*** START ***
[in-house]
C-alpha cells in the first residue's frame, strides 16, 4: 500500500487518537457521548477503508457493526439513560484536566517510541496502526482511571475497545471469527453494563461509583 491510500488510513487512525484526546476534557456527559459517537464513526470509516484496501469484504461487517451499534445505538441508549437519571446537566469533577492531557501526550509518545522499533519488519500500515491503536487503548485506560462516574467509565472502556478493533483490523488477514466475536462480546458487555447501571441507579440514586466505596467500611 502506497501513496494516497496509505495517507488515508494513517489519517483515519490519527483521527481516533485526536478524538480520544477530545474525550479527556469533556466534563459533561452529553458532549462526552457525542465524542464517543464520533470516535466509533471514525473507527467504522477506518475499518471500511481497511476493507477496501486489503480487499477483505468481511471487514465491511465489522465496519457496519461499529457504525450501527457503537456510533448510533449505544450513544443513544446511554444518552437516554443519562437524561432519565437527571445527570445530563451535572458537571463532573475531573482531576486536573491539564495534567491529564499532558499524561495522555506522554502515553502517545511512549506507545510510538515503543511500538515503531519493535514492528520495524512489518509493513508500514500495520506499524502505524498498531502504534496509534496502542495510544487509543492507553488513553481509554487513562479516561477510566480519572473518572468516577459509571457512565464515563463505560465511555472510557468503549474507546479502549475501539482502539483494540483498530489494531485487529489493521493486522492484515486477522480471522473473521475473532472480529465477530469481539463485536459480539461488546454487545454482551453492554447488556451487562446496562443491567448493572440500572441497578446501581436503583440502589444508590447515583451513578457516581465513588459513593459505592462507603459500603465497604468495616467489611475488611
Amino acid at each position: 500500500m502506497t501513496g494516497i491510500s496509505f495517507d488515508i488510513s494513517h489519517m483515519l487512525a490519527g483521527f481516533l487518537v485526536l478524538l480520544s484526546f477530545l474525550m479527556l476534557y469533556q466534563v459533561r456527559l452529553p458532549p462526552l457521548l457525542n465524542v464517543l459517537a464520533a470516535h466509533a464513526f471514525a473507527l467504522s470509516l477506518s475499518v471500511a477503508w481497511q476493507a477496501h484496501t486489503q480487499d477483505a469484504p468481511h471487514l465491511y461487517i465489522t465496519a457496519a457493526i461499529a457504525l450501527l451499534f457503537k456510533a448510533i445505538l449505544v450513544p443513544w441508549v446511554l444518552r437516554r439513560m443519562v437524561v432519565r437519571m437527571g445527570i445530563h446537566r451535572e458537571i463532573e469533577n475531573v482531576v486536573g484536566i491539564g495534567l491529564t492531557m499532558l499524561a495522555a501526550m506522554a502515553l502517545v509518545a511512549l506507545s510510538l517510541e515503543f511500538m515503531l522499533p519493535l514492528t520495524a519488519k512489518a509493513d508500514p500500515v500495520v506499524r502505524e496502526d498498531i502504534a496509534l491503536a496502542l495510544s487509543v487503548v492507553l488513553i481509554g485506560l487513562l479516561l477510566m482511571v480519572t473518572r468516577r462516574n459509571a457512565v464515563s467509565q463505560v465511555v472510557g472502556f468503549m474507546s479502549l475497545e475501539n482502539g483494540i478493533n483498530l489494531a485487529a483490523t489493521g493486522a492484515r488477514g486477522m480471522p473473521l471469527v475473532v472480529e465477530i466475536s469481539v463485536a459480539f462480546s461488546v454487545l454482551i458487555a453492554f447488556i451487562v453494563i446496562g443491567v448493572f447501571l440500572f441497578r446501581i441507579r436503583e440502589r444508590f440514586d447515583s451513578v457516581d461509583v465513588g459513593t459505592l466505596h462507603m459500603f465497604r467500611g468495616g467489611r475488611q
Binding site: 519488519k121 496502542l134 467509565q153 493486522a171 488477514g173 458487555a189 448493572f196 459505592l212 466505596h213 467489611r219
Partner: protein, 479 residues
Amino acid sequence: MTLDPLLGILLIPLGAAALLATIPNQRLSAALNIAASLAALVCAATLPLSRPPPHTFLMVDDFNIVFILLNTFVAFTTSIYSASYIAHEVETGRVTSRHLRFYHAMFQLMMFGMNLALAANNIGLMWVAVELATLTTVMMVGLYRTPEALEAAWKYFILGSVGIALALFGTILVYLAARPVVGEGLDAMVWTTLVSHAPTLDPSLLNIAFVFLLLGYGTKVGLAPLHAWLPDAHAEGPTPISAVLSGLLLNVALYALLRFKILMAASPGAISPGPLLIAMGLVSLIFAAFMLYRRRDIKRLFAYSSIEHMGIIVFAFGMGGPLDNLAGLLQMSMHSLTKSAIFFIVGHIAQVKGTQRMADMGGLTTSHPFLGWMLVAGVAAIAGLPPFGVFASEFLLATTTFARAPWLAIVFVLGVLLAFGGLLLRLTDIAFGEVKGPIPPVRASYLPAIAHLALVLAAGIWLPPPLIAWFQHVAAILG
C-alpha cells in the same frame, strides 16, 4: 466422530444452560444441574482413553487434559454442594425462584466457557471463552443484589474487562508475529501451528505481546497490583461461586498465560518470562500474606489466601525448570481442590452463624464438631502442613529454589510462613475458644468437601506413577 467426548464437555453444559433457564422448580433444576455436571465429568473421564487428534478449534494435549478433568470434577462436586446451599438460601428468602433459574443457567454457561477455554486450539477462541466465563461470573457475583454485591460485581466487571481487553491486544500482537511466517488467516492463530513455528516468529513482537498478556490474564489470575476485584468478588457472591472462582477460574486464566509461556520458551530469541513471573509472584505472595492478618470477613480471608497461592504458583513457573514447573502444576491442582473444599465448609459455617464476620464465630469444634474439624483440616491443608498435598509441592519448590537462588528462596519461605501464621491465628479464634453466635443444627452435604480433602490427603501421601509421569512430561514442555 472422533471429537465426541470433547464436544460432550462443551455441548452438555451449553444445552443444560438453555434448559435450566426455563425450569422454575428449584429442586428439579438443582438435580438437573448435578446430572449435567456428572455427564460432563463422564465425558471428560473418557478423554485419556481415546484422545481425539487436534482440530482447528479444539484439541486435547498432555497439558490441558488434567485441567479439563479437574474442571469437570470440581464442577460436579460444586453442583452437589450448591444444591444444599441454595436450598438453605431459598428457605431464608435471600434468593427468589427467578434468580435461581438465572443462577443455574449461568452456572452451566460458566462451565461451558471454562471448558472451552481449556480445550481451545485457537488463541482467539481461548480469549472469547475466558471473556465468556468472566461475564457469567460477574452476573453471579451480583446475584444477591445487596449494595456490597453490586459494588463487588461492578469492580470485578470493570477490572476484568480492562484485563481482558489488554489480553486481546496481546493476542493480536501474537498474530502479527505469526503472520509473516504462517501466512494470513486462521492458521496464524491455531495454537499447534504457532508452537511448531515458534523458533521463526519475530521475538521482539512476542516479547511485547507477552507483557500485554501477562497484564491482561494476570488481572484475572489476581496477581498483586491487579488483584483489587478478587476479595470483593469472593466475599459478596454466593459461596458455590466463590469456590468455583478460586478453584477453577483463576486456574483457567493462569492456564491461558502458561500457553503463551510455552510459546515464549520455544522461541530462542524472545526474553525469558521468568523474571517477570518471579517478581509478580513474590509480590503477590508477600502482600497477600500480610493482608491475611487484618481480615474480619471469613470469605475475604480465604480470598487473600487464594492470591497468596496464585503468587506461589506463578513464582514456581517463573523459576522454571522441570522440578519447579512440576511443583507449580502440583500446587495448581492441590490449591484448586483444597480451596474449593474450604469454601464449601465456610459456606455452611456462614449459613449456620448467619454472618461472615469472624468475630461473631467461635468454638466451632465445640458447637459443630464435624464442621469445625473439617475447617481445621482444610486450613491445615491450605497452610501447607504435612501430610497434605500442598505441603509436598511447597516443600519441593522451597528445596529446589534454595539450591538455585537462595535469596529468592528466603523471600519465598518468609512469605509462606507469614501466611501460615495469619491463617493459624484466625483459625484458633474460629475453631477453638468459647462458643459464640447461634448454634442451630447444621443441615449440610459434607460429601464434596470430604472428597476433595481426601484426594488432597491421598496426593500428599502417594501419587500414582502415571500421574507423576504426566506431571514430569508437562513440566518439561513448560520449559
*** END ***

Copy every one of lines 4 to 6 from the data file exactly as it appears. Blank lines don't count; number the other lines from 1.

Binding site: 519488519k121 496502542l134 467509565q153 493486522a171 488477514g173 458487555a189 448493572f196 459505592l212 466505596h213 467489611r219
Partner: protein, 479 residues
Amino acid sequence: MTLDPLLGILLIPLGAAALLATIPNQRLSAALNIAASLAALVCAATLPLSRPPPHTFLMVDDFNIVFILLNTFVAFTTSIYSASYIAHEVETGRVTSRHLRFYHAMFQLMMFGMNLALAANNIGLMWVAVELATLTTVMMVGLYRTPEALEAAWKYFILGSVGIALALFGTILVYLAARPVVGEGLDAMVWTTLVSHAPTLDPSLLNIAFVFLLLGYGTKVGLAPLHAWLPDAHAEGPTPISAVLSGLLLNVALYALLRFKILMAASPGAISPGPLLIAMGLVSLIFAAFMLYRRRDIKRLFAYSSIEHMGIIVFAFGMGGPLDNLAGLLQMSMHSLTKSAIFFIVGHIAQVKGTQRMADMGGLTTSHPFLGWMLVAGVAAIAGLPPFGVFASEFLLATTTFARAPWLAIVFVLGVLLAFGGLLLRLTDIAFGEVKGPIPPVRASYLPAIAHLALVLAAGIWLPPPLIAWFQHVAAILG